Family vs Heredity

Yesterday was extremely stressful at work and when I got home nothing seemed to go right either.  I sat there battling a horrible headache trying to sort out why for some reason parsec was not streaming at all.  I had to jump through a bunch of hoops involving restarting the clients on either end of the connection before finally returning full service.  On the positive I now know the best way to restore functionality of Parsec has just gone south on a box…  but on the negative it took practically all night to reach that point. To make matters worse… the evening culminated with a bit of a fight with my mother that I am at least in part going to talk about today.

On Monday night my last remaining Great Aunt passed away and I had been expecting to hear from my folks as to when the services were scheduled.  While I have fond memories of Aunt Lucille, she isn’t exactly someone I had seen regularly over the last decade or so.  When my Great Uncle who was the blood relative passed away, it halted a lot of their coming up to visit other family that I did see more often.  That is just sorta the way of your related family, is as various linkages disappear so to do the get together that surrounded them.  This is a reality that I guess the pragmatist in me has accepted this reality far better than I probably should have.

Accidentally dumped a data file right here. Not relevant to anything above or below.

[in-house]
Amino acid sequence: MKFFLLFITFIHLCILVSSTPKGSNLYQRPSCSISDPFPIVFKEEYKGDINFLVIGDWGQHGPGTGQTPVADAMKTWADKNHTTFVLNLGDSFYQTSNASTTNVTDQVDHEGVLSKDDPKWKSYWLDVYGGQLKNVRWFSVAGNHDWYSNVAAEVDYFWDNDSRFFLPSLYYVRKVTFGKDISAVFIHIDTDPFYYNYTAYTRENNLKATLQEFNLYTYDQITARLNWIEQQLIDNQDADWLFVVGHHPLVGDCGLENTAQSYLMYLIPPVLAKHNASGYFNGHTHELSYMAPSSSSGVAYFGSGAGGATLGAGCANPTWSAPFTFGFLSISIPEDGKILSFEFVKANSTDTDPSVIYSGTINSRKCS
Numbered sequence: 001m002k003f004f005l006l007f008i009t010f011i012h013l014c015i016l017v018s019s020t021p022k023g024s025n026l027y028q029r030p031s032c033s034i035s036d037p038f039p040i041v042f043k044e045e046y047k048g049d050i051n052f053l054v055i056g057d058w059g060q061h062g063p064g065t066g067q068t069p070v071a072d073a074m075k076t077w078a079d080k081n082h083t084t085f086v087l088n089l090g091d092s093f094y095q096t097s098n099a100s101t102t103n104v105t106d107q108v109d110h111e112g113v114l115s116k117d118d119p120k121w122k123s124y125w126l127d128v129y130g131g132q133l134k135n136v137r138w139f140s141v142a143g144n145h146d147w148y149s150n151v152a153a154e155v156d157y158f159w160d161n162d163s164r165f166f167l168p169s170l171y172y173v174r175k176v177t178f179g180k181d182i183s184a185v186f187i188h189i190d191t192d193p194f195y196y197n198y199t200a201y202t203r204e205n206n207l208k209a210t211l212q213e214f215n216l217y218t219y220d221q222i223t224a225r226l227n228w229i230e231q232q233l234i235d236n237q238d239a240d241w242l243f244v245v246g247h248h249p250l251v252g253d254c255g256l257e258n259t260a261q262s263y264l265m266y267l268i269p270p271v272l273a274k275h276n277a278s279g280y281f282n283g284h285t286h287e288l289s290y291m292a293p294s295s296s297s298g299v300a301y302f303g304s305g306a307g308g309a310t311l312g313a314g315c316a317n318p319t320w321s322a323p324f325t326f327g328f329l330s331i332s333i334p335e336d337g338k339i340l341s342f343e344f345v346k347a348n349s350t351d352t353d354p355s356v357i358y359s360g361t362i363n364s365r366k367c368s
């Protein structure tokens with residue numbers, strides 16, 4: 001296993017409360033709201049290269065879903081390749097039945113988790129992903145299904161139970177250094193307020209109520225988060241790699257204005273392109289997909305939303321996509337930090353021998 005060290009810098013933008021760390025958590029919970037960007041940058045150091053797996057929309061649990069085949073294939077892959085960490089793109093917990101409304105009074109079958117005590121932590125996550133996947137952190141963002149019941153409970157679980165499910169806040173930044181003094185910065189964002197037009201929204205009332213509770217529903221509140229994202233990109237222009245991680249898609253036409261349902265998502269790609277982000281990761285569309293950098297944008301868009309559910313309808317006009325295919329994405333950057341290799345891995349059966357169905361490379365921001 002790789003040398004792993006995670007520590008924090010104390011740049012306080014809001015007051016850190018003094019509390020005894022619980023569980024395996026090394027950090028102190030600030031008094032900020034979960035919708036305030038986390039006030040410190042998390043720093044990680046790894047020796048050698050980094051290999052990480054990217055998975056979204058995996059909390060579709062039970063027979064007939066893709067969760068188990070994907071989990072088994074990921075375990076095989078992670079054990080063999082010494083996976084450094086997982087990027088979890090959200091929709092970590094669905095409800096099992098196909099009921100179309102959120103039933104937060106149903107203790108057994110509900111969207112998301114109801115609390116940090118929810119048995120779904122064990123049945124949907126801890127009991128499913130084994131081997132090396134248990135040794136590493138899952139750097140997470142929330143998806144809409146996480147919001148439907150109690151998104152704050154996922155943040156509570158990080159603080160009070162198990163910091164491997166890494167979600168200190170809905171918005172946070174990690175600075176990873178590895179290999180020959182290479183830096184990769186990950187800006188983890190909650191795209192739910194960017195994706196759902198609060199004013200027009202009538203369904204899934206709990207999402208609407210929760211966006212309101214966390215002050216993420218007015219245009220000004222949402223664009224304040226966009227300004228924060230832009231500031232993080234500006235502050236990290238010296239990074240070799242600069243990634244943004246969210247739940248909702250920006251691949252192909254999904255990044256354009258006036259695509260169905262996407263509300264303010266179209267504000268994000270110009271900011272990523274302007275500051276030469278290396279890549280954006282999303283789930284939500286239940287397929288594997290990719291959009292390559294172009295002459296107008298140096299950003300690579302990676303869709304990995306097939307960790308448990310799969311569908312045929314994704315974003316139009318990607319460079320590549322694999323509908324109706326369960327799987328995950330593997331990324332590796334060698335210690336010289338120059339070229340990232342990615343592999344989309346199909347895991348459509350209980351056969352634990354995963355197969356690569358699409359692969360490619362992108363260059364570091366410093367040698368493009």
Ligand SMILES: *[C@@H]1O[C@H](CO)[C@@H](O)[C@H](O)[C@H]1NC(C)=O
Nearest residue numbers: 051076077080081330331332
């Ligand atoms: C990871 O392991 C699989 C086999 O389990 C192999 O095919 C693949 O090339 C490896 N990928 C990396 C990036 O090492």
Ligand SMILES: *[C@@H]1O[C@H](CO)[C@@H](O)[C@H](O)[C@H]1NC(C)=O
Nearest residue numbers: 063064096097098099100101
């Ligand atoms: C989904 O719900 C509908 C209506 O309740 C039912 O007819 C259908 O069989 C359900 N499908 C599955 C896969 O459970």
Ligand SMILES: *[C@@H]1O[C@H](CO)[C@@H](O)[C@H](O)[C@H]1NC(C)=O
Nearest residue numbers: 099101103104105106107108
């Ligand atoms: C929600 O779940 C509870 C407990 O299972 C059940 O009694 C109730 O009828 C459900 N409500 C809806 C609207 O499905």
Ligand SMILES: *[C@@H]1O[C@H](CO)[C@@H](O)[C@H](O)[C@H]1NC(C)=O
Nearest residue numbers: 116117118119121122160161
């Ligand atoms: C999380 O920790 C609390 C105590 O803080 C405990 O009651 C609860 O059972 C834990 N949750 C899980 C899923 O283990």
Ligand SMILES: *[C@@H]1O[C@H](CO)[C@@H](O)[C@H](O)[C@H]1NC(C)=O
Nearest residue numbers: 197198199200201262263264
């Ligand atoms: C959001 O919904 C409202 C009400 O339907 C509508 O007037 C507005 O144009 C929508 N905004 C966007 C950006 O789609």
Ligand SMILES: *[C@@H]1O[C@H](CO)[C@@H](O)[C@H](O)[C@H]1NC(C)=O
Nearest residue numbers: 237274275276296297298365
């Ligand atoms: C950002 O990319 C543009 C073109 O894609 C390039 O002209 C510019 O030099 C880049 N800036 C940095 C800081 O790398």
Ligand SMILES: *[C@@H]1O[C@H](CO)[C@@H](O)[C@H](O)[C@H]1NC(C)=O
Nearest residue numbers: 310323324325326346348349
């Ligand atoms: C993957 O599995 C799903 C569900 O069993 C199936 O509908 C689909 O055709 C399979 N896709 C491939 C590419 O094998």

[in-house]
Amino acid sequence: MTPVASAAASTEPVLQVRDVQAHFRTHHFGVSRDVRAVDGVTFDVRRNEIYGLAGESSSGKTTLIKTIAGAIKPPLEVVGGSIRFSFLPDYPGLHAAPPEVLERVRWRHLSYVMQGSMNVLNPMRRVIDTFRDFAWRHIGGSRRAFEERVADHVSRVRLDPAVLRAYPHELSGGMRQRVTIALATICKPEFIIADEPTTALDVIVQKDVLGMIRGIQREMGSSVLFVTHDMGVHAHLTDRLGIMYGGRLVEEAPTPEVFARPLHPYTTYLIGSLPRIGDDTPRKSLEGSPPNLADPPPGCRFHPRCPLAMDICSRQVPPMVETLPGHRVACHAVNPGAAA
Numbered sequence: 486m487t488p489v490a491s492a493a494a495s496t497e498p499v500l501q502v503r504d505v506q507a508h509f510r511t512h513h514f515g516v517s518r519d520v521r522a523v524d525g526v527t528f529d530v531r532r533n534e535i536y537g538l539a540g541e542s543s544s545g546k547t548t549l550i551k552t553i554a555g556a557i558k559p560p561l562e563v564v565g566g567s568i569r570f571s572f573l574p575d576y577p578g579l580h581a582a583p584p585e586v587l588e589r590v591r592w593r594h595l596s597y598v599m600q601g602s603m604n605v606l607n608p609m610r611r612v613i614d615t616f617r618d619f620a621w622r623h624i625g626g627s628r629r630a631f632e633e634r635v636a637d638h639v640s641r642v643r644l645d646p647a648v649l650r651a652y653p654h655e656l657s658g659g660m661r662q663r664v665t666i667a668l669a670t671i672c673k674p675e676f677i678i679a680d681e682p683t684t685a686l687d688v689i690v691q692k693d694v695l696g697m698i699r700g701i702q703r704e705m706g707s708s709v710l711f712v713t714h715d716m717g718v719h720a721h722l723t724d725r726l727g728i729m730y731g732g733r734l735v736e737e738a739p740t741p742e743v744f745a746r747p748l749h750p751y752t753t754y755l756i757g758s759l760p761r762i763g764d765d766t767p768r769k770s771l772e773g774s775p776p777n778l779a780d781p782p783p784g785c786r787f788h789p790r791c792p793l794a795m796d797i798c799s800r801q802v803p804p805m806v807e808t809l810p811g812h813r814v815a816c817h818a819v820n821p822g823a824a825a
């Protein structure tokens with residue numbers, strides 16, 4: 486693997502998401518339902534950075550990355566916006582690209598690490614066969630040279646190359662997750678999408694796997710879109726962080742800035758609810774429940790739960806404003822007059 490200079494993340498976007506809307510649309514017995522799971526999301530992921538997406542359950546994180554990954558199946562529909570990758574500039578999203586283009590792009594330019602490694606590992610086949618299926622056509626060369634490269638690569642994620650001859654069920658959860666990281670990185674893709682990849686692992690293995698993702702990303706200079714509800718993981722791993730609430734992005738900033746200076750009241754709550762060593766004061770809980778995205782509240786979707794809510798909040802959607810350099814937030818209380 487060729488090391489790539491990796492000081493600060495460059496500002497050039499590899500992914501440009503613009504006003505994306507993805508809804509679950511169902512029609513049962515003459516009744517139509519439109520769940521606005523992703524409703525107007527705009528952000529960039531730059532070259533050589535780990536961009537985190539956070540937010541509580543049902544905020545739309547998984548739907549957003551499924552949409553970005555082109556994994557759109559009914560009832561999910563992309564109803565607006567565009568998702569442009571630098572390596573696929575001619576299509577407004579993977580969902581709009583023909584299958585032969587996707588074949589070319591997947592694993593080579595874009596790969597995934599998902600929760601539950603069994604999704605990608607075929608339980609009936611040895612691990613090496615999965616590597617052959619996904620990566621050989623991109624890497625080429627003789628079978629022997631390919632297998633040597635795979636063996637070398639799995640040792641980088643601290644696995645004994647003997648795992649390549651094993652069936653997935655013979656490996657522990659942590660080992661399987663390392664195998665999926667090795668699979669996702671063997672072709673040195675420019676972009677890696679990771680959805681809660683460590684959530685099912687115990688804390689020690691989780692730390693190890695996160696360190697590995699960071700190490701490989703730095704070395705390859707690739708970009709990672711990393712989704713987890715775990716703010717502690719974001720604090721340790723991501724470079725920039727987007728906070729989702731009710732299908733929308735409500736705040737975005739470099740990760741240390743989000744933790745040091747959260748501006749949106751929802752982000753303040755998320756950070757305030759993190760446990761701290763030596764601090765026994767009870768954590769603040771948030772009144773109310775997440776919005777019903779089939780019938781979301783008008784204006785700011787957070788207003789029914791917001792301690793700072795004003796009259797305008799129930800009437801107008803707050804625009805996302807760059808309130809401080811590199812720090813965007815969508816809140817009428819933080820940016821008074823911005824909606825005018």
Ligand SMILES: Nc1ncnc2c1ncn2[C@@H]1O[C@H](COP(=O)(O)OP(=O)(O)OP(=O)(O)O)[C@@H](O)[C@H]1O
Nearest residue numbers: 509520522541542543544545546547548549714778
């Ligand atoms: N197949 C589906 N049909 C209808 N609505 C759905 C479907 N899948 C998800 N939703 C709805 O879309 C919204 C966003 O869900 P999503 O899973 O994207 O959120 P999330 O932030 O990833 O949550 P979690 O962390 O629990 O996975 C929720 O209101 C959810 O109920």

Where the source of the spat comes from…  is not necessarily the Funeral but instead the family reunion that was scheduled for this same weekend on my father’s side of the family.  She has been trying to tell me about all of these people that are coming…  for example one individual she was trying to convince me that I had met…  she eventually realized was last seen at my parents wedding.  This is where the conflict kicks in because in my mom’s mind the fact that you are related to someone trumps everything… and makes it immediately important that you drop everything you are doing to placate them.  For me the fact that I may see them once or even twice in my entire adult life…  makes me question if they are even really family?

I mean yes I understand heredity and relationships so we don’t need to go into a discussion about that.  What I mean instead is why should I invest any emotional resources in caring about a bunch of faces that ten minutes later I won’t remember any of the names that associate with them?  For me family is more the people you interact with on a regular basis and can count on, not some third cousin twice removed that my mom once remembered seeing at a reunion when my parents were still dating.  Again this is where I differ from my mother and became a great source of frustration, because I simply do not believe that blood is thicker than literally any other connection out there.